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Salad Days Magazine | December 4, 2020

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Heather Gabel interview – original version

HEATHER GABEL INTERVIEW – ORIGINAL VERSION
I really love Alkaline Trio. And I love their playfully gothic, decadent esthetics, which has mostly been in Heather Gabel’s hands for over 15 years. Black & White & Red All Over: 15 Years of Alkaline Trio designs is a nice and square book, that covers most of these designs. With a similar style Heather also worked for AFI, Reggie & The Full Effect and Rancid, and with different ideas and materials started to show in galleries. And if you want one of her creations, there’s her Etsy shop to be seen..
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SD: The work you’ve done for A.T. is really iconographic. Did you start with a real plan in mind? When did the skull/heart logo appear in the whole story?
HG: I didn’t start out with a master plan, not at all. At the time the band was playing basements and mostly opening for bigger bands locally at clubs, I had no way of knowing then how popular they would become or how many designs I would end up doing for them in the future. The logo came about almost accidentally really. I was making a flyer for a show and had all the little bits cut out, the skull was in a pile near the heart with the devil tail (which had already been established) and I just put them together. I still work like that, gathering a group of things with a theme and letting them fall into place, keeping what works and discarding what doesn’t.

SD: Given what you did for Alkaline Trio over the years, is there any new band you’d like to collaborate with extensively? Bands that might keep you inspired besides the friendship you grew with A.T.?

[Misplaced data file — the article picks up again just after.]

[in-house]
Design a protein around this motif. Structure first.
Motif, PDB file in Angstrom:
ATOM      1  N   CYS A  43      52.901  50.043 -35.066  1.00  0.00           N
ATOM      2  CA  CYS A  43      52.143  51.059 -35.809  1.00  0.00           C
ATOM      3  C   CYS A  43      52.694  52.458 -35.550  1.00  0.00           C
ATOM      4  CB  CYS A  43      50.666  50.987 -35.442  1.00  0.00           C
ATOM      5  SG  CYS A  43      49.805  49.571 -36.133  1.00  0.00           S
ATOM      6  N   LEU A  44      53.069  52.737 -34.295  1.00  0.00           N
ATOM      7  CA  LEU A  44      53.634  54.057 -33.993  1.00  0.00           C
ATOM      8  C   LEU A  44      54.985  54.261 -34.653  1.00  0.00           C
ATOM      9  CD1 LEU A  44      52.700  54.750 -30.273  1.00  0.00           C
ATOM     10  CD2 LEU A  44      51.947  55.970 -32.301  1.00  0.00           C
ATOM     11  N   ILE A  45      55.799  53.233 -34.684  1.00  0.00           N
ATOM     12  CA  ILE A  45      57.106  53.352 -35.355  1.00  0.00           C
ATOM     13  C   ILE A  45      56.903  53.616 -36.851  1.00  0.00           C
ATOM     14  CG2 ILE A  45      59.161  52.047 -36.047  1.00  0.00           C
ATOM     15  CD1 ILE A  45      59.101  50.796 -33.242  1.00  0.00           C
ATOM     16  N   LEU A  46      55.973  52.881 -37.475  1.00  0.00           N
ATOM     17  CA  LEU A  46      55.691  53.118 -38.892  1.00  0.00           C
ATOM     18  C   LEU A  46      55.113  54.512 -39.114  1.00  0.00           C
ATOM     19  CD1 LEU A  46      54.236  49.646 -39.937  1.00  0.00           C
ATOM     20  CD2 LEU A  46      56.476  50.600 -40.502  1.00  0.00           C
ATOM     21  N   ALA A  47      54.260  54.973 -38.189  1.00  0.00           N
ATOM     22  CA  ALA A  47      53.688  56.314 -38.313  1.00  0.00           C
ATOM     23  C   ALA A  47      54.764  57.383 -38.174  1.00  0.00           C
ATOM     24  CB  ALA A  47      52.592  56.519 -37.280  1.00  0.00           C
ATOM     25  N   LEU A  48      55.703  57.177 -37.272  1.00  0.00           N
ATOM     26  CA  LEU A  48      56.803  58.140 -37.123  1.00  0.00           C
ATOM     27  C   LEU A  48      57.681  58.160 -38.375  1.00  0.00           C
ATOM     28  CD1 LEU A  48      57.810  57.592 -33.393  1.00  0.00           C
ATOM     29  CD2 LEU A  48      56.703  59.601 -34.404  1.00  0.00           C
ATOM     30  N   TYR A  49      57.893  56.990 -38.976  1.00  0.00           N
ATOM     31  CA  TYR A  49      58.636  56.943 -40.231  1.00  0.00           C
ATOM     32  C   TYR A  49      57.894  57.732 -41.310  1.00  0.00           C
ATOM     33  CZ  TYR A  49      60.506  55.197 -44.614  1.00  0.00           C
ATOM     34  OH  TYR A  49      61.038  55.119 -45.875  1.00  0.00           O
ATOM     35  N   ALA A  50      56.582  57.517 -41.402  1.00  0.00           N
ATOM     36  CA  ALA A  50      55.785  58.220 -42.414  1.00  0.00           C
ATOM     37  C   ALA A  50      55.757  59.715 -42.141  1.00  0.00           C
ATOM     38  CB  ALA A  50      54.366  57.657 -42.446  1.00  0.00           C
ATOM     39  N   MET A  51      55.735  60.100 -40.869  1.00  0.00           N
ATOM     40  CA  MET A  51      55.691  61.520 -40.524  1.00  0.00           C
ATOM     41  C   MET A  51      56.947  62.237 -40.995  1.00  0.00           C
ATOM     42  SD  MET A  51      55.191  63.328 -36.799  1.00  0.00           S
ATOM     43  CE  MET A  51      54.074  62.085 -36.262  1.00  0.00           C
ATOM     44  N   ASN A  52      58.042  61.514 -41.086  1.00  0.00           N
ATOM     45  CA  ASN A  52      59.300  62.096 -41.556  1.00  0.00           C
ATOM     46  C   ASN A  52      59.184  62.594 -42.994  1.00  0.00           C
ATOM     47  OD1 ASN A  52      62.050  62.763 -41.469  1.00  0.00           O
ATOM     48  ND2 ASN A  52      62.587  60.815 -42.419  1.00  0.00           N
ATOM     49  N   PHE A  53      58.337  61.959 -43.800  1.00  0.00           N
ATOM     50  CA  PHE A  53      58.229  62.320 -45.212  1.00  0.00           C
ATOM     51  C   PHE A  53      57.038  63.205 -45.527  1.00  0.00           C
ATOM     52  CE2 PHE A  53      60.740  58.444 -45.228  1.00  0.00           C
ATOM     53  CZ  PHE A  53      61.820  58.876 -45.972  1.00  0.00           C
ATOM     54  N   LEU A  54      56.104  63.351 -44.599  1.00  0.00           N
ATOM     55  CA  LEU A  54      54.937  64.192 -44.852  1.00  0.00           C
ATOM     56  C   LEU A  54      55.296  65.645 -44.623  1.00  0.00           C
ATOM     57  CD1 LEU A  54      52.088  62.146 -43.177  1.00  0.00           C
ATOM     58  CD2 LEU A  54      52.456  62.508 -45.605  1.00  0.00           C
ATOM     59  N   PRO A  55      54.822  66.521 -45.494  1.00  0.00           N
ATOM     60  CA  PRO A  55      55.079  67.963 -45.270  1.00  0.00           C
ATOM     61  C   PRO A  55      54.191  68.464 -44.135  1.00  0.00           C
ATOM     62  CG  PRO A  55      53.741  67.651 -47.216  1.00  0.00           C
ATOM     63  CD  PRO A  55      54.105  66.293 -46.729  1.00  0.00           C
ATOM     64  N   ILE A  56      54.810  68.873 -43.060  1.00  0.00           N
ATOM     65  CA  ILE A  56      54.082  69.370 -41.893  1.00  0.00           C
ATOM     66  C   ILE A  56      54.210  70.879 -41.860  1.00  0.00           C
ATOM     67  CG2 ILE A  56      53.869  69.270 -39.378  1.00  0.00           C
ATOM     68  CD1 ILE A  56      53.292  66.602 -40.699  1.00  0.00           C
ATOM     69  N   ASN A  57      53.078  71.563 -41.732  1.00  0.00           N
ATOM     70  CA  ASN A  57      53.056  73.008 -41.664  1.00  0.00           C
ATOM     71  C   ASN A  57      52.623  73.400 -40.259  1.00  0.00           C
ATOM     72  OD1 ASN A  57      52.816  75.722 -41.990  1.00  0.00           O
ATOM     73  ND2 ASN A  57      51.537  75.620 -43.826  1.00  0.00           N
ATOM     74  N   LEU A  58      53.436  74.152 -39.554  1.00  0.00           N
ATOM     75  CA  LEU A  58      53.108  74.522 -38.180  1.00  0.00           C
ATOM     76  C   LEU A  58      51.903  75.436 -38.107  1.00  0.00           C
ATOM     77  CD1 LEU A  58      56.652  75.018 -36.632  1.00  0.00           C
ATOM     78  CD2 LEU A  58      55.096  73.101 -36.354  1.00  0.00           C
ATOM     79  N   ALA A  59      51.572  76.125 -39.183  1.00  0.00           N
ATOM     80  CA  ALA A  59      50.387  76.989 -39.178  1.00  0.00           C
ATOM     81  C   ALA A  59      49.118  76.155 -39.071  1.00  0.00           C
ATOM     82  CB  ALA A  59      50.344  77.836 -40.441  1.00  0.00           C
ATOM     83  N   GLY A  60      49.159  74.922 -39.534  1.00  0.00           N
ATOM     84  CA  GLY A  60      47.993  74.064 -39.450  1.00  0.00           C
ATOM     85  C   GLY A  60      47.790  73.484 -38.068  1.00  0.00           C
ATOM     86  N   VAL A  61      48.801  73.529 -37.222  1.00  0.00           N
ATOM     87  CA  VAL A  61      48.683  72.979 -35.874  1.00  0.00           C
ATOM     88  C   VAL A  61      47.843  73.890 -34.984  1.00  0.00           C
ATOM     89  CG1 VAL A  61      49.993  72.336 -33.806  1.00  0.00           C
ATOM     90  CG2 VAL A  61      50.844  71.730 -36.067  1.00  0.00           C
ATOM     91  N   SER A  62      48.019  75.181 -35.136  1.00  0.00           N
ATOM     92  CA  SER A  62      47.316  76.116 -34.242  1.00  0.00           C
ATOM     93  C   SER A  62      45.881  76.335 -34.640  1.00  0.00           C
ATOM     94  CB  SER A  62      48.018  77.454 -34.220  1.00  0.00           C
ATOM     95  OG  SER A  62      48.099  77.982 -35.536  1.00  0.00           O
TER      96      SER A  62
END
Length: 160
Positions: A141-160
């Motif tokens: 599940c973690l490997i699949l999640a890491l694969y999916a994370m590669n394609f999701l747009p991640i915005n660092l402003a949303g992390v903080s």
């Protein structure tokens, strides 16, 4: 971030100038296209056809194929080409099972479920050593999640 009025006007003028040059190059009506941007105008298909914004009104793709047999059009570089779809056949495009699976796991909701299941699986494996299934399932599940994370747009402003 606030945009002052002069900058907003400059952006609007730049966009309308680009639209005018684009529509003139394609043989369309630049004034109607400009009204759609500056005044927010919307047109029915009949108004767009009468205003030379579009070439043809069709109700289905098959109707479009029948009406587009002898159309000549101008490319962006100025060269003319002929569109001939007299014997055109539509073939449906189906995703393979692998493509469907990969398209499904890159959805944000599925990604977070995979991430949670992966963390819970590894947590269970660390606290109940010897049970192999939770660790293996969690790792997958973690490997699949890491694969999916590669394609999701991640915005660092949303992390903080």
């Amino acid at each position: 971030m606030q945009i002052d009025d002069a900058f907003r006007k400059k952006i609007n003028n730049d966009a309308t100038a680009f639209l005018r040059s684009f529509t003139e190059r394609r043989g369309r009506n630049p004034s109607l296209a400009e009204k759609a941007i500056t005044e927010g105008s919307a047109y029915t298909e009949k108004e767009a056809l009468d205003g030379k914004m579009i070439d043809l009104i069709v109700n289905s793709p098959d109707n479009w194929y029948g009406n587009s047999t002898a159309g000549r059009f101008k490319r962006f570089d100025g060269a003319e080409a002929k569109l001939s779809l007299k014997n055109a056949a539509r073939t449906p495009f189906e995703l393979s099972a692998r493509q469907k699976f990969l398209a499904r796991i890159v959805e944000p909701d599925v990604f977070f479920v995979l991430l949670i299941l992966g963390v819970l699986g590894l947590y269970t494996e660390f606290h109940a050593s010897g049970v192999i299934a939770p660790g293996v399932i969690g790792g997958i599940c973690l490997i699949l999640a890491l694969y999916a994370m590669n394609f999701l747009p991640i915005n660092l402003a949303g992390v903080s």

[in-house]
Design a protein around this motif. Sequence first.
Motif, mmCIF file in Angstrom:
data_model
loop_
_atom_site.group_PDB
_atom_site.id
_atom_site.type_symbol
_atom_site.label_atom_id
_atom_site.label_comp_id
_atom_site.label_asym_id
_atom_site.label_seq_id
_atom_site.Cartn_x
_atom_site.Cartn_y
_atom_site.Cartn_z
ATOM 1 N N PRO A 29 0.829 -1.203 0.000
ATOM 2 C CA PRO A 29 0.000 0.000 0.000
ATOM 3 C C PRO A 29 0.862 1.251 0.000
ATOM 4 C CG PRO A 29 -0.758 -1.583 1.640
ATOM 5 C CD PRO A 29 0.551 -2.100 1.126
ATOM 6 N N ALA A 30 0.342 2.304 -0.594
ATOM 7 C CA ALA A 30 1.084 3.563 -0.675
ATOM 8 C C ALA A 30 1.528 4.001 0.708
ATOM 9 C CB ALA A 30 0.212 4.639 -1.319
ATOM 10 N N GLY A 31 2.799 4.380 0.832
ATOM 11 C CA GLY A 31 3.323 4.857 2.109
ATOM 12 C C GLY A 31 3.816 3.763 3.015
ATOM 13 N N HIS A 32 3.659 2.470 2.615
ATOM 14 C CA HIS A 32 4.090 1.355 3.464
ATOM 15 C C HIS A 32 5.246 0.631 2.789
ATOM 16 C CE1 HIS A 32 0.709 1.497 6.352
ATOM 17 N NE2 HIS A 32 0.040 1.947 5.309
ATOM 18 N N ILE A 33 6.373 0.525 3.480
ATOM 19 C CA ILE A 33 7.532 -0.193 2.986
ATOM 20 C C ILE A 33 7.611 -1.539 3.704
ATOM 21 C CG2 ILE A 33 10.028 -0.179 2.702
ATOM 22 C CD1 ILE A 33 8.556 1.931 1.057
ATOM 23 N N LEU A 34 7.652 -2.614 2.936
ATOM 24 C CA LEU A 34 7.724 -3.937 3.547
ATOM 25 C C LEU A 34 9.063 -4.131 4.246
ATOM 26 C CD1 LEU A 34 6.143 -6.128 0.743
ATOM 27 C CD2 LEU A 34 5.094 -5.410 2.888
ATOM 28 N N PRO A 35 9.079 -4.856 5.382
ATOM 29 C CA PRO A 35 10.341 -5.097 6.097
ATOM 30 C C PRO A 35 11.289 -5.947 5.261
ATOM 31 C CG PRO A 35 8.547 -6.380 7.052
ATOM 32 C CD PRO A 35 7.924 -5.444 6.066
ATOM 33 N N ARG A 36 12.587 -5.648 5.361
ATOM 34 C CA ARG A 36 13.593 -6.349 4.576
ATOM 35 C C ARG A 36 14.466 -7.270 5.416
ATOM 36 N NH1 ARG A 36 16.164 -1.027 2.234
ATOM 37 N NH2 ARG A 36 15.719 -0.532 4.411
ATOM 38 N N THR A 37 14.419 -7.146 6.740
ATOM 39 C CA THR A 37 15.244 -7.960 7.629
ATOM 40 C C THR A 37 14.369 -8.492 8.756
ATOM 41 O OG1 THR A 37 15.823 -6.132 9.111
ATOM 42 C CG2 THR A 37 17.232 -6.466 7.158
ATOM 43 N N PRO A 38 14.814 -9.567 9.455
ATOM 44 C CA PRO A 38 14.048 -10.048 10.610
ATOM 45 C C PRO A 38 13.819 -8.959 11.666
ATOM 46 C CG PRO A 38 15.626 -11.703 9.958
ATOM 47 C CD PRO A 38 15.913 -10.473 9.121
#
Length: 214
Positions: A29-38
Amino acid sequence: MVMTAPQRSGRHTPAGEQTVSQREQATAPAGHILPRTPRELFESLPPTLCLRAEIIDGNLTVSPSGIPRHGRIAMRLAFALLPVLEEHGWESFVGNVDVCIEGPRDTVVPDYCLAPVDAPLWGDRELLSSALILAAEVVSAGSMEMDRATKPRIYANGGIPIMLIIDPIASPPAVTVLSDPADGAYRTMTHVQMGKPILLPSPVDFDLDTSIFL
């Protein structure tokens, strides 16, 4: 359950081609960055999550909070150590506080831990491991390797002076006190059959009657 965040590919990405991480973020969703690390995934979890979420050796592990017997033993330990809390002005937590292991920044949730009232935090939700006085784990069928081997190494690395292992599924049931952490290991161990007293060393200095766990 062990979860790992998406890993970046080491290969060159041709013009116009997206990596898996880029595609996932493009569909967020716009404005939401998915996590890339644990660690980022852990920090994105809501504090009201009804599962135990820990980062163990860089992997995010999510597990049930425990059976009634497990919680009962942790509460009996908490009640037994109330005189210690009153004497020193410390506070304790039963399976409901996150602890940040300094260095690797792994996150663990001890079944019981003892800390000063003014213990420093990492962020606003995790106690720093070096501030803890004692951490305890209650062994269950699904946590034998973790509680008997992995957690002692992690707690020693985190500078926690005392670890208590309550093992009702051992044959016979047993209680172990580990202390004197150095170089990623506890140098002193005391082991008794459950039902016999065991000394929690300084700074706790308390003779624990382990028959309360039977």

HG: I recently did a shirt for Garbage, they have a new record coming out later this year (2012) and I’d love to work more with them. They have a dark side that I really connect with. Shirley was really active in the creative process, in a different way that most bands usually are which was really refreshing. There are a few new bands, like The Horrors for example, with an aesthetic I feel akin to as well. I’d love to do design work for them. Another recent project was doing stylist work and art direction for the band Cheap Girls on their new record out in February called Giant Orange. It was something I’d never done before and really enjoyed. Yeah, actually another recent project I did was doing stylist work and art direction for the band Cheap Girls on their new record out in February called Giant Orange. It was something I’d never done before and really enjoyed. They were looking for something to define their aesthetic for the record, promo stuff, ads, etc which I was happy to provide. Jobs like that keep me from feeling limited. To look at the record you’d never know I had a hand in it, it’s a completely different style. I loved doing something out of my comfort zone.

SD: At this point, when did you make the last A.T. designs? Does it become more complicated as time goes by, or do you maintain an easy and fast approach?
HG: The last designs I made for Alkaline Trio were done a few months ago. When I get the request for new shirts for them I always think,”What am I going to do this time?! I’ve done everything already!” but I also know that somehow we are always on just the same page and that they’ll like whatever I make. The designs still come easy, in fact the less I think about them the easier they are.

SD: From Black Flag to Hot Water Music, many bands gave their image to a single person, have you ever looked at some of these examples for inspiration or just out of curiosity?
HG: I’m familiar with the work you’re talking about. I love Raymond Pettibone’s art, the Black Flag stuff is beyond awesome and the rest of his art is just as powerful and gut wrenching to me. I really respect bands that give someone artistic license like they did with him. That art could be for anything, it’s not specific to the band and is just as strong without the band name which is something I am always striving for in my design work. Crass is a perfect example of that as well. The imagery that Gee Vaucher created for them is the perfect accompaniment to the music, you can argue that it is just as important as the band’s music in this case.